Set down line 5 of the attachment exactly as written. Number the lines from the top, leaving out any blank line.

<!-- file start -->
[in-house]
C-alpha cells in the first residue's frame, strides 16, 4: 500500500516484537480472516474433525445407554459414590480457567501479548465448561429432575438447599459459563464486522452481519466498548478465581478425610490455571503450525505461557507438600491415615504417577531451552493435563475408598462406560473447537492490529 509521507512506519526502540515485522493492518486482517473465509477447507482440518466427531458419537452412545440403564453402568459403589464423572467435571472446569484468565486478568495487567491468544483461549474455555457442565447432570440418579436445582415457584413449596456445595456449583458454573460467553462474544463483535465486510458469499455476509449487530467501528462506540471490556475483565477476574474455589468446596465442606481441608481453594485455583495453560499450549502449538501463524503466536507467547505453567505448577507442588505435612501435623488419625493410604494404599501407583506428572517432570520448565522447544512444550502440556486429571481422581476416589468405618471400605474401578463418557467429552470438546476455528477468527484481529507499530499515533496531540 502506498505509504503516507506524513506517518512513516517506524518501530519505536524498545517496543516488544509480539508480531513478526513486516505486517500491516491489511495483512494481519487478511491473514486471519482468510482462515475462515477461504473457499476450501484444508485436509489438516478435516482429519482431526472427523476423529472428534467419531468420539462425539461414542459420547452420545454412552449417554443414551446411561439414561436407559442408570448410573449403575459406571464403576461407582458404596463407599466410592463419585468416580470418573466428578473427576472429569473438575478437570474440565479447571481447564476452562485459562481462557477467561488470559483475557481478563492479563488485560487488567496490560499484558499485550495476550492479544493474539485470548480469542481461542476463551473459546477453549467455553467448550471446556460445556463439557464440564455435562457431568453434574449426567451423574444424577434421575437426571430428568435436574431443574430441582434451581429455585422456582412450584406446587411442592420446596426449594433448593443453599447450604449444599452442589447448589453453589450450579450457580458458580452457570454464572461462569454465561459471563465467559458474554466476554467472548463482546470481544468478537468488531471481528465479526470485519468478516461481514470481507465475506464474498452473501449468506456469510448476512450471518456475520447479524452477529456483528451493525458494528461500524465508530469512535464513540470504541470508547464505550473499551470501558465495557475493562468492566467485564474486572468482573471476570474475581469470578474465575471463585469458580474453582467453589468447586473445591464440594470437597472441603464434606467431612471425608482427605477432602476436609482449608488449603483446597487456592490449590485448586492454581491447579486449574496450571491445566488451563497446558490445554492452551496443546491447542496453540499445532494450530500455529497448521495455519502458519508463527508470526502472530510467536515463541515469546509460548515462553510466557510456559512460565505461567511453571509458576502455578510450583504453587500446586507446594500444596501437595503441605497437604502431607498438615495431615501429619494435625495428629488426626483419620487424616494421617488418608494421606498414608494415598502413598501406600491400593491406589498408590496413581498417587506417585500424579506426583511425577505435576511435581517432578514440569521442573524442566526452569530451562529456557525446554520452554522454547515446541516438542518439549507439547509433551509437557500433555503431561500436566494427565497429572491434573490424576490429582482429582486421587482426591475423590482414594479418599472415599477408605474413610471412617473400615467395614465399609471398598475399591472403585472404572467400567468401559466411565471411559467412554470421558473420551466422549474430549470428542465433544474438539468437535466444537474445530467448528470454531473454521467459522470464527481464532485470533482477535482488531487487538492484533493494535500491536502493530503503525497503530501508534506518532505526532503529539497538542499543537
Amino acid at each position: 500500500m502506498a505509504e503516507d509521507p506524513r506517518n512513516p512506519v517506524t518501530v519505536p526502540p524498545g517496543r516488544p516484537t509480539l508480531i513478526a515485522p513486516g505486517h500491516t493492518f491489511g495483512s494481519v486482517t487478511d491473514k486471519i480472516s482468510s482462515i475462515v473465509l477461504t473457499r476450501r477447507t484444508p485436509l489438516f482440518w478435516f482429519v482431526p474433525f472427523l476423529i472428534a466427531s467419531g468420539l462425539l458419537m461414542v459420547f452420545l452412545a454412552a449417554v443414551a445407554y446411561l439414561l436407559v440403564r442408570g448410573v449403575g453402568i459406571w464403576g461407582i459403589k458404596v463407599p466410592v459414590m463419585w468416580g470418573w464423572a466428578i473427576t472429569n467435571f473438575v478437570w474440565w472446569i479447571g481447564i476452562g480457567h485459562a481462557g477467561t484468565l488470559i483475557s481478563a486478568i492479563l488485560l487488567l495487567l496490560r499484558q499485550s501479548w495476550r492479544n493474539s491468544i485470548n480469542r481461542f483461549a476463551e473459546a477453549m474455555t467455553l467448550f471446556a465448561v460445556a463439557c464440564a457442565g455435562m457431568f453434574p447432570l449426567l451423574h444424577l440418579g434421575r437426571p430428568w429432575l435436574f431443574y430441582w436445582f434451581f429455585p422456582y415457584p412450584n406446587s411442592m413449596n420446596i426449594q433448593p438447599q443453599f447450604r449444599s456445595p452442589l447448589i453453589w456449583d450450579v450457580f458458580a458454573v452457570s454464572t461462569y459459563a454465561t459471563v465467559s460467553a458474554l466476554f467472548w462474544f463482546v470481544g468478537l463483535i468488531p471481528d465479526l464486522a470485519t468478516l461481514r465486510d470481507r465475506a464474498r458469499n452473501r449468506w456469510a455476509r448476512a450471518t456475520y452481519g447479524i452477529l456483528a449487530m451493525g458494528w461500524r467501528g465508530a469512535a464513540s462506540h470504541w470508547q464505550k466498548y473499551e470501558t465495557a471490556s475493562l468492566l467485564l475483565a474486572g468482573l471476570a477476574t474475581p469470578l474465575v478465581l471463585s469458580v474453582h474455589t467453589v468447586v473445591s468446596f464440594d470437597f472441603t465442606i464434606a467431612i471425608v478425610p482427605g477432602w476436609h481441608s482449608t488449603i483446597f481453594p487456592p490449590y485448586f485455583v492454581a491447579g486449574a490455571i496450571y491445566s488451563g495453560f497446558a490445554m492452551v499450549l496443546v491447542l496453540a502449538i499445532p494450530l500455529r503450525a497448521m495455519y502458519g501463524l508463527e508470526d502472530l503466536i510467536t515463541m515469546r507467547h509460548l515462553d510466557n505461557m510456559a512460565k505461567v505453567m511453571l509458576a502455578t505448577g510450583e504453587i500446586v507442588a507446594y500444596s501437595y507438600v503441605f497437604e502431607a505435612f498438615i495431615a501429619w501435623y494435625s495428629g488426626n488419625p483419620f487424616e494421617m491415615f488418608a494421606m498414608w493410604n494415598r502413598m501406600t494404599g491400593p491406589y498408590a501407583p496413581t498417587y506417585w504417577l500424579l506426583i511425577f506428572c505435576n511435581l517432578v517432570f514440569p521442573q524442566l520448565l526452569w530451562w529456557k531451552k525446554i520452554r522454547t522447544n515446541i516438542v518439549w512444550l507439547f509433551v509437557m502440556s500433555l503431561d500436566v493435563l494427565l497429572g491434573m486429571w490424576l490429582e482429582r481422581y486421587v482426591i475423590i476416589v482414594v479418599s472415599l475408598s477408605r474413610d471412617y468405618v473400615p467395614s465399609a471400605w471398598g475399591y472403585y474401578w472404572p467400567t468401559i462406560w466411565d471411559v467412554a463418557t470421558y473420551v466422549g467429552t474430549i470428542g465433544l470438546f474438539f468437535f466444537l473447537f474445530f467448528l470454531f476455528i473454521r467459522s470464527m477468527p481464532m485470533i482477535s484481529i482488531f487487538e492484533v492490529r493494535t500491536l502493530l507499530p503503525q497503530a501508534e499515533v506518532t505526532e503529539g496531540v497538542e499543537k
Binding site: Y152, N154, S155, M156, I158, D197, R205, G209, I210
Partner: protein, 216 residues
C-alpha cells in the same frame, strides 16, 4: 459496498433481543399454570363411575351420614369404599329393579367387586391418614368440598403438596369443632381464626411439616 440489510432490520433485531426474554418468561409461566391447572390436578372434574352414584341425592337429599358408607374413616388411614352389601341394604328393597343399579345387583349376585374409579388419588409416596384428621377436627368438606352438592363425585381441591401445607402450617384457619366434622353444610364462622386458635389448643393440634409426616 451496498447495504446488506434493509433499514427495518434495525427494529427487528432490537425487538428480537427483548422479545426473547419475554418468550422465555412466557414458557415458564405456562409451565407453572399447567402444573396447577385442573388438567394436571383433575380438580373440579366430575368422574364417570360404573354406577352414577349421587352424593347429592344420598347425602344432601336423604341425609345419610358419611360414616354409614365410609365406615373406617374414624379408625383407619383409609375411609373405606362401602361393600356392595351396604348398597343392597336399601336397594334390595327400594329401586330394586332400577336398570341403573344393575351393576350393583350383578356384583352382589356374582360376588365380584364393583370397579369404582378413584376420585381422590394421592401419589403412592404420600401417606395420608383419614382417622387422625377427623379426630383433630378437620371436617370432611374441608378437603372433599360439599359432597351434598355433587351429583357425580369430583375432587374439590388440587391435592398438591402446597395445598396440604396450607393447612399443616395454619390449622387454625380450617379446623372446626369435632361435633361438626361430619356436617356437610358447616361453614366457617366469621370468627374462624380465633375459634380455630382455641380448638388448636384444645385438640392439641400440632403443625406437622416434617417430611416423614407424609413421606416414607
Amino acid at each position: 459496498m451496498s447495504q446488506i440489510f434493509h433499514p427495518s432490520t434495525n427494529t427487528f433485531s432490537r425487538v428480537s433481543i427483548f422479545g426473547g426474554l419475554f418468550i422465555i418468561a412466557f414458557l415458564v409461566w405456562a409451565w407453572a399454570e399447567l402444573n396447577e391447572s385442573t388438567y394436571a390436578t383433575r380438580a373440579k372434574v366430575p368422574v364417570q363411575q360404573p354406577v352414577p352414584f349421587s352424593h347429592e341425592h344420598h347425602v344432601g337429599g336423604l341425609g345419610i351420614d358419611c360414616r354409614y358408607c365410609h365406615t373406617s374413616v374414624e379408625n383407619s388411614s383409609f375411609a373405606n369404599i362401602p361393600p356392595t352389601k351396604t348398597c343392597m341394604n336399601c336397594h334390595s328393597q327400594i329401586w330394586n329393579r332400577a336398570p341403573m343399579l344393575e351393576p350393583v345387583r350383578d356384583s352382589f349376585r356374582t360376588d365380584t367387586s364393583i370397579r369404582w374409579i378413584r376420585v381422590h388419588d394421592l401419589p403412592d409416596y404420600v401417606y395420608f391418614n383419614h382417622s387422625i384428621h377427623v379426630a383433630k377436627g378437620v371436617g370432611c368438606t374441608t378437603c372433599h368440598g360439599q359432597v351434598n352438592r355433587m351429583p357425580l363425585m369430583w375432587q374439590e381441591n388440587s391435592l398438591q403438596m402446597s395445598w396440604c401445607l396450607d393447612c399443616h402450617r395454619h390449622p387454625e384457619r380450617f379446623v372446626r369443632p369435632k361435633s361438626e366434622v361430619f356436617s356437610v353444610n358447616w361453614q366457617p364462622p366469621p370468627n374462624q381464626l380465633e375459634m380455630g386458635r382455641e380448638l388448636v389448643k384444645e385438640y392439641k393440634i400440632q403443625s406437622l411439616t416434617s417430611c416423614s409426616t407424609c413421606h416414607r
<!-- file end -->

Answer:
Partner: protein, 216 residues